So, when you are looking at dog food labels and see PERCENTAGE... what are you saying when you say Low Protein? If you are lowering the PERCENTAGE then all you are doing is increasing the other components... which would mean HIGHER CARBS percentage.

    Go kibble having only 28% carbs is GOOD. Anything close to 50% is bad with anything higher than 50% being very bad.

    So, let me give you another example of a Low Protein kibble (Fromm is good brand):

    Fromm Reduced Activity Senior Gold = 24% protein + 11% fat + 10% moisture + 8% ash = 53% which gives 47% carbohydrates

    As you can see, a lower protein percentage means a higher carbs percentage. So, unless there is a medical necessity to lower protein percentage, there is no good reason to prefer CARBS over PROTEIN.

    Now, dogs are highly efficient at processing protein... so high protein means high digestibility - that is, more of the food is used by the dog instead of getting pooped out. So, if your dog is getting too fat from all that protein, what you do is LOWER THE SERVING SIZE, instead of lower the protein percentage because then you'll have a lower protein by weight not lower protein percentage. So you're not exchanging protein with carbs. Make sense? Because, although lower percentage of protein results in higher carbs which is not as efficiently processed by the dog so you get more of it pooped out which results in the dog getting skinnier, you really don't want to put stress on the dog's digestive system just so he can poop bigger poops. Make sense?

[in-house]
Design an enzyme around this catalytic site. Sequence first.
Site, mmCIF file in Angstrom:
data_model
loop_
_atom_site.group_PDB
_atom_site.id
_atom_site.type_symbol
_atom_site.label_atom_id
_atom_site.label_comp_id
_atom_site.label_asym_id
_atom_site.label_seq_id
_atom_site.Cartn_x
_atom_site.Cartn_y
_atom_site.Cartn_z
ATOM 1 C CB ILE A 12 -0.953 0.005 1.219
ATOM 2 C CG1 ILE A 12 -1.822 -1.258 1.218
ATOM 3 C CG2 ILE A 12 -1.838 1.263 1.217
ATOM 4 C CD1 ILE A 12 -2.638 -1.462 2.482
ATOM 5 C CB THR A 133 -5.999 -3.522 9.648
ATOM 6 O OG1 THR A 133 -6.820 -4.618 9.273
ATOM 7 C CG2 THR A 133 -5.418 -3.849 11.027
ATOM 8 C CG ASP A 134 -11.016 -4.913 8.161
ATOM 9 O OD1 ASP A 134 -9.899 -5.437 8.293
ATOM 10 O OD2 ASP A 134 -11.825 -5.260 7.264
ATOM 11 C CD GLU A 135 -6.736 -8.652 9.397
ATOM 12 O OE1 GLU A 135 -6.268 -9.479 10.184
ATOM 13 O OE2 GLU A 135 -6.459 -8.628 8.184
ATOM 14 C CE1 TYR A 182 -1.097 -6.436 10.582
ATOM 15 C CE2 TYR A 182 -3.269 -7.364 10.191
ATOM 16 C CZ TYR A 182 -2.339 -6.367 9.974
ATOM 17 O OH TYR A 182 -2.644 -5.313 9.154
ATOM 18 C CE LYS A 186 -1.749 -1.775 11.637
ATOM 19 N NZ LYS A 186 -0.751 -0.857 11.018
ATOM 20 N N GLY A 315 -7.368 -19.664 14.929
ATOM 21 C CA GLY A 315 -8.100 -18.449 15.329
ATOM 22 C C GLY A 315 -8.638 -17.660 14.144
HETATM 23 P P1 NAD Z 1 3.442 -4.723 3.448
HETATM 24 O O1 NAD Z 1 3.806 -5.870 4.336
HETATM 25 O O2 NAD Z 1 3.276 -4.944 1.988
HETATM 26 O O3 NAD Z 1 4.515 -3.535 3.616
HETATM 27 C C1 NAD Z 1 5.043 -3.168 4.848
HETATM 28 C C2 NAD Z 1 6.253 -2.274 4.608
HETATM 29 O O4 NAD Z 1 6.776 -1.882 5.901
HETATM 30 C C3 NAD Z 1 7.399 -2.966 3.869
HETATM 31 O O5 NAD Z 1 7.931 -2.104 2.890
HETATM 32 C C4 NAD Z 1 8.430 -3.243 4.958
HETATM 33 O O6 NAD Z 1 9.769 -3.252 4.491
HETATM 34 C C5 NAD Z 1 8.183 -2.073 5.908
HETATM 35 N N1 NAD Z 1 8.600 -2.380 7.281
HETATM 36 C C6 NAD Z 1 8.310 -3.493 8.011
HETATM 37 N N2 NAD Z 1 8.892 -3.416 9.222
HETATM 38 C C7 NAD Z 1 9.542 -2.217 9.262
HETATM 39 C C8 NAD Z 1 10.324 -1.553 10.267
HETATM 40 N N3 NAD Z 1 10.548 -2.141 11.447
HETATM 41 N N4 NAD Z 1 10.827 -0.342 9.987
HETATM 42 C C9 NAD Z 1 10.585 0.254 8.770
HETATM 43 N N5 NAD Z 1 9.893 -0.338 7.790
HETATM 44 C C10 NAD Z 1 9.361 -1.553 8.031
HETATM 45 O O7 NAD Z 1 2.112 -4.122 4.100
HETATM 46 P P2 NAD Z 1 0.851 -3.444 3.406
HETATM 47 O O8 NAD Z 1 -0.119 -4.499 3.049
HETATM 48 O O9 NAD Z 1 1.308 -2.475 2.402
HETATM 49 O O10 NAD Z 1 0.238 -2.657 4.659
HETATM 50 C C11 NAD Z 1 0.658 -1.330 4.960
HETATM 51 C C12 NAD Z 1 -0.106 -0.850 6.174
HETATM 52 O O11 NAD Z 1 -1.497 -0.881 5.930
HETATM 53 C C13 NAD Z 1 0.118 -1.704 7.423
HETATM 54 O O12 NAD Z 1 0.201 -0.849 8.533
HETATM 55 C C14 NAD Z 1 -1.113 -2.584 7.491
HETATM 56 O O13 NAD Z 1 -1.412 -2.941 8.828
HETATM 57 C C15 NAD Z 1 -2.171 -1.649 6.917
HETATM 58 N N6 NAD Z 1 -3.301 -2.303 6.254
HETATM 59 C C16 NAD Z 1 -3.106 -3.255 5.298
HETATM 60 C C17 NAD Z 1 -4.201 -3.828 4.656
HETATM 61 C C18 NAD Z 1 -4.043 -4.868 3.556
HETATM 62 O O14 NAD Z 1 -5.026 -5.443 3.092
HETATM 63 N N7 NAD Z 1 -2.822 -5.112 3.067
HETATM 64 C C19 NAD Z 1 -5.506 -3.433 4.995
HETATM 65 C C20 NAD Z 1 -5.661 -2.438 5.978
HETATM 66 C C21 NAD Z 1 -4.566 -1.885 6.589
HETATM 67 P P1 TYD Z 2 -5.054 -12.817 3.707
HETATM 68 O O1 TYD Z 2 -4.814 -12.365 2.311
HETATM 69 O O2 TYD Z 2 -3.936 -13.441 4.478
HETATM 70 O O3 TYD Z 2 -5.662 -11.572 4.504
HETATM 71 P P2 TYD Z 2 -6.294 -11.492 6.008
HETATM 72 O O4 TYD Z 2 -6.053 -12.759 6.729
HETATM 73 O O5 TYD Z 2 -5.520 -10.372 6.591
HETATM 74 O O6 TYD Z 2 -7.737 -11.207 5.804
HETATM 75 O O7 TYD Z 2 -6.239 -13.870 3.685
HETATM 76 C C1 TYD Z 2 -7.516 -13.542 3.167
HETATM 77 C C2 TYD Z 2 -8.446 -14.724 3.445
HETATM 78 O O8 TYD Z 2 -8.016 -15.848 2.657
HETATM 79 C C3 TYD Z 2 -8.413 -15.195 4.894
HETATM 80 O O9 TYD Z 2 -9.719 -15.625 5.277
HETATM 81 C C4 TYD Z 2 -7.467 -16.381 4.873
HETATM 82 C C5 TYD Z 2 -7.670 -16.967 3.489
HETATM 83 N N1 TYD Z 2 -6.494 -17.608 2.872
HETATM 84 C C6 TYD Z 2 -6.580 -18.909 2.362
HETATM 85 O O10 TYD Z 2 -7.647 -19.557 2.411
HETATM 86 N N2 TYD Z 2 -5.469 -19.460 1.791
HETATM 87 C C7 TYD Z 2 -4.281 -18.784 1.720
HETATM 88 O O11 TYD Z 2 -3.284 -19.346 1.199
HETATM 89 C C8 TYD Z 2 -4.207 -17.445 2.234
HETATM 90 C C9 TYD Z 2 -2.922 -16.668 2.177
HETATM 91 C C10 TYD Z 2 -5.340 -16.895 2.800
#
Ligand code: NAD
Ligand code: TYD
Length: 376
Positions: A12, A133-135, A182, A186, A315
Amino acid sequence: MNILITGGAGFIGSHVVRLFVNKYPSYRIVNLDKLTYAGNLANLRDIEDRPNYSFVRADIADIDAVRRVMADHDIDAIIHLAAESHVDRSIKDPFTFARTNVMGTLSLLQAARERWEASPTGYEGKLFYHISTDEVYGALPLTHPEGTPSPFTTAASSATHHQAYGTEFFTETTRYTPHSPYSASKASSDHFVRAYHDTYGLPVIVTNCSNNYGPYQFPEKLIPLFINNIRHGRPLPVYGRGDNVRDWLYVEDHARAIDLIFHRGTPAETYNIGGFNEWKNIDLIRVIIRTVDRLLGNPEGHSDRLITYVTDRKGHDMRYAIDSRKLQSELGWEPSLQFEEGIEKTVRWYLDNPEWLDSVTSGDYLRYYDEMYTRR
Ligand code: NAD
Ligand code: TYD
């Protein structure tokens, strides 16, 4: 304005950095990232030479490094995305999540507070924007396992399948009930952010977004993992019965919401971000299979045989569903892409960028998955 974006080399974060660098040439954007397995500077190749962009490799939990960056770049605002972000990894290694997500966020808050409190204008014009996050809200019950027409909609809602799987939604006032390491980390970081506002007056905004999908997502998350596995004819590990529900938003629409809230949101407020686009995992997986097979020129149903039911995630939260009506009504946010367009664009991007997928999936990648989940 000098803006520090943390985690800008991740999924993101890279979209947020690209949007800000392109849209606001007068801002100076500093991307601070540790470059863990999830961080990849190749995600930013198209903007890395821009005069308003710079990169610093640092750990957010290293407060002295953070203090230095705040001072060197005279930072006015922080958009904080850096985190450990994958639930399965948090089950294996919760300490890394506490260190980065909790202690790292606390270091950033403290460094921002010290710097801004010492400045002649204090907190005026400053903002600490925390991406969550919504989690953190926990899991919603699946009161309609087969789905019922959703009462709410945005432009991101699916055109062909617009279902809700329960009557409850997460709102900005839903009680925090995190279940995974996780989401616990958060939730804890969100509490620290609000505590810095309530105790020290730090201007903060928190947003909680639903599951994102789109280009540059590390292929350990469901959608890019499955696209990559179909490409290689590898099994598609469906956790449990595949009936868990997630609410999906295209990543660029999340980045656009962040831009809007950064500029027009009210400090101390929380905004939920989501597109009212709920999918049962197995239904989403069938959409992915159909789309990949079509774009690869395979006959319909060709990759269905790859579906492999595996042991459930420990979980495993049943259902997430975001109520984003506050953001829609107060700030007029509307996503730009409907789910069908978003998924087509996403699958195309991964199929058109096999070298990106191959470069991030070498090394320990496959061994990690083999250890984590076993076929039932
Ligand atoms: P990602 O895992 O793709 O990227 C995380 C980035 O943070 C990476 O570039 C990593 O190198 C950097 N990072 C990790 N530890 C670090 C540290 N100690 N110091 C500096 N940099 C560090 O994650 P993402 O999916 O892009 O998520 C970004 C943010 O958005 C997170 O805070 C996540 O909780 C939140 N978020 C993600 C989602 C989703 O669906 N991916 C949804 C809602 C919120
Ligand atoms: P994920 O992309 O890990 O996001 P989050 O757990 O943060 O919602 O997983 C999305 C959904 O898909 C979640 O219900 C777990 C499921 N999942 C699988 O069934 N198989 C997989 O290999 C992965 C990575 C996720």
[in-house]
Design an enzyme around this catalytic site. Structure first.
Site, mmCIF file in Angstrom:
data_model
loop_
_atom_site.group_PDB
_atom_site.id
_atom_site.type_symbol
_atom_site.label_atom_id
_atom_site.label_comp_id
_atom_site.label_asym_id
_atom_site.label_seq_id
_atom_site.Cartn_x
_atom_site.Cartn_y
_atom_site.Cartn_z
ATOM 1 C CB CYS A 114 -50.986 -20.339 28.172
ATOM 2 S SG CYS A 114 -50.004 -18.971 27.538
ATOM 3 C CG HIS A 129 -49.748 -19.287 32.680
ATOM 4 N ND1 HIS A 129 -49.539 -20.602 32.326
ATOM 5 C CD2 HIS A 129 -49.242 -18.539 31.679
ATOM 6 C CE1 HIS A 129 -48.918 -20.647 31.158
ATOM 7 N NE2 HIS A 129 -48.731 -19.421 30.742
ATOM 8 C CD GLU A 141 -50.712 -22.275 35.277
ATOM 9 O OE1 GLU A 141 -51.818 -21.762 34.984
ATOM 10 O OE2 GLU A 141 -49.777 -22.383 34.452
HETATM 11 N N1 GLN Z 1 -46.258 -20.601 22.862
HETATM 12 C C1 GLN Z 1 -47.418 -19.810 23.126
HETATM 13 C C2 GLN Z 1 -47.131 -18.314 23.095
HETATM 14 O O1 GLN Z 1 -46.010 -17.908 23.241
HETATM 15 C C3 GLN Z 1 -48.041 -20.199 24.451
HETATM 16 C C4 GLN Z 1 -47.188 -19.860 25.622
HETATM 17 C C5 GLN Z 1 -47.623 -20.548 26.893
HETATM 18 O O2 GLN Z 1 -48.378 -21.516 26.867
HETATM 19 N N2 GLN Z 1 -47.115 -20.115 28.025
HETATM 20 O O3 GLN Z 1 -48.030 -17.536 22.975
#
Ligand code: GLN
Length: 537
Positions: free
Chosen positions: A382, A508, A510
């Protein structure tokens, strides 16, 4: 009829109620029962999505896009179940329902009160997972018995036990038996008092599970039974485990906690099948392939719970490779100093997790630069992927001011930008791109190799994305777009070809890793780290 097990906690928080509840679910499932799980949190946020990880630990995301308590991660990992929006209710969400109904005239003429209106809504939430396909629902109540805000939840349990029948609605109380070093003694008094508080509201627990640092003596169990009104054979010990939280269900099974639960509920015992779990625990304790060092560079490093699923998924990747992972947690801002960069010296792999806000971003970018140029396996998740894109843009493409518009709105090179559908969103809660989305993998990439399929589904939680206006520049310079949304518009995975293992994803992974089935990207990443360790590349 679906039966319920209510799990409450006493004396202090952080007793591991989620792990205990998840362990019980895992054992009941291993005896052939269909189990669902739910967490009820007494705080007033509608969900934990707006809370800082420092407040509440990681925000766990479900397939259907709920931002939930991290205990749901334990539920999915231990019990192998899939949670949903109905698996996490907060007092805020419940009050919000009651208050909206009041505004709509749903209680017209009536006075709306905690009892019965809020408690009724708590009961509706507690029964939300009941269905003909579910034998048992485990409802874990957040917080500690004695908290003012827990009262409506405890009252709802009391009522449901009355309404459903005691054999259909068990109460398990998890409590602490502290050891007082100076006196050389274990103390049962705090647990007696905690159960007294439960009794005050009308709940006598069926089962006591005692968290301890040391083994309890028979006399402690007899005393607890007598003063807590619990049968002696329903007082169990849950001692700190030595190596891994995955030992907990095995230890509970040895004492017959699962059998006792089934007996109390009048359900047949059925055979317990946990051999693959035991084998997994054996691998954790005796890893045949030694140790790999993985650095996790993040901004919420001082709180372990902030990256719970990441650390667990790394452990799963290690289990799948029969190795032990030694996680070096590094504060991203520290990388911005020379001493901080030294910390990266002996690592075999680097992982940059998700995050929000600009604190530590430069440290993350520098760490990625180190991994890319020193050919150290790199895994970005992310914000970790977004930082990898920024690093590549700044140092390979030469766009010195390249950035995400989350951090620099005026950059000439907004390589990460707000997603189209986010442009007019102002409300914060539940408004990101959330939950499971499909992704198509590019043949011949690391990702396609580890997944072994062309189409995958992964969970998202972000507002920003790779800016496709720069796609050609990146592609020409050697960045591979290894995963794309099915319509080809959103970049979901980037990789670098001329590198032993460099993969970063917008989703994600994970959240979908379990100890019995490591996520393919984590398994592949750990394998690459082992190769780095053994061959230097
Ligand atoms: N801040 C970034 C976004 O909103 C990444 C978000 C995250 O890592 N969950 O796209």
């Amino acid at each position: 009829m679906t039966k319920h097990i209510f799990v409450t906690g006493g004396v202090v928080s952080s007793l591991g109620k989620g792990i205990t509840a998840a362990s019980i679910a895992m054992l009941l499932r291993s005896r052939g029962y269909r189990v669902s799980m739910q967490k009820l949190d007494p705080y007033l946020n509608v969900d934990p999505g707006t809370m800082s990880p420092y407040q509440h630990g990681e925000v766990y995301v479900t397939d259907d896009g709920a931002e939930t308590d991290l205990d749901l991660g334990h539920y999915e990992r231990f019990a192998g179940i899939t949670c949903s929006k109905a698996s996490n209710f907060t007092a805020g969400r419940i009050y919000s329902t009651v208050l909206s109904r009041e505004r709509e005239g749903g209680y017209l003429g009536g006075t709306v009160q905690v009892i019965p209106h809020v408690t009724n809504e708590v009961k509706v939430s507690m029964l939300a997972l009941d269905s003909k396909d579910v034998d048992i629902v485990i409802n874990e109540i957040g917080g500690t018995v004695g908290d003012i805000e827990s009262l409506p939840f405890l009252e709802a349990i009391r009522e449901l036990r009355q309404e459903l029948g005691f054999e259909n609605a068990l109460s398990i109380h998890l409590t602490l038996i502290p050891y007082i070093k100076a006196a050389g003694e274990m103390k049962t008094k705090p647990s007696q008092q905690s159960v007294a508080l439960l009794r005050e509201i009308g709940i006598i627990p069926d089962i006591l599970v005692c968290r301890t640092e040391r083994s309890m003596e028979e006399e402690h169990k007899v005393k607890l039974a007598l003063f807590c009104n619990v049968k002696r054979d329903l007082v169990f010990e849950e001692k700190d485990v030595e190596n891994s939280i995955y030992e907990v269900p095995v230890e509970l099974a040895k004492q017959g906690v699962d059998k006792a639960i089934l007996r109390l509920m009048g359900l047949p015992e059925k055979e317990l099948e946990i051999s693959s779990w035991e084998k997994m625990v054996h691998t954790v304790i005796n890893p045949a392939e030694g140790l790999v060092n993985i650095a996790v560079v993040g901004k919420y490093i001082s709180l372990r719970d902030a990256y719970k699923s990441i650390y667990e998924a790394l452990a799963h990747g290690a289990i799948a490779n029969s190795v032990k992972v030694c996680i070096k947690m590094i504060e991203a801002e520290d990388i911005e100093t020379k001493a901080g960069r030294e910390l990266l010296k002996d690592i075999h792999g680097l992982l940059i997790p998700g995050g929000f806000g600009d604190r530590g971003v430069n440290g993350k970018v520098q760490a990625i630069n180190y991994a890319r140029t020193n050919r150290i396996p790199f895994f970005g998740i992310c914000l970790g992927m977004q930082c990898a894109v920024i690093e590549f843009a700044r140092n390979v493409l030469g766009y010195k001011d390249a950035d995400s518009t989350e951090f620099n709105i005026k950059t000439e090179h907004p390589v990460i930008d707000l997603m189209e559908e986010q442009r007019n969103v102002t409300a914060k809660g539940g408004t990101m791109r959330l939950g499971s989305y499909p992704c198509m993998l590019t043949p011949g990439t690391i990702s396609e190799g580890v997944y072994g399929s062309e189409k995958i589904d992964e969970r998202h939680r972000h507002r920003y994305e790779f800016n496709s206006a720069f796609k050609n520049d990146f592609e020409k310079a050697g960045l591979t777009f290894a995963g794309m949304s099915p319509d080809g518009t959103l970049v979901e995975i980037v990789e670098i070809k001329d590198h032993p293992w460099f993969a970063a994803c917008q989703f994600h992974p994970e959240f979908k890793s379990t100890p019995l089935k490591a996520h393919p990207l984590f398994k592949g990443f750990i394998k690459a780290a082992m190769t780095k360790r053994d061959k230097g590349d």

Hope this helps.
    Excellent info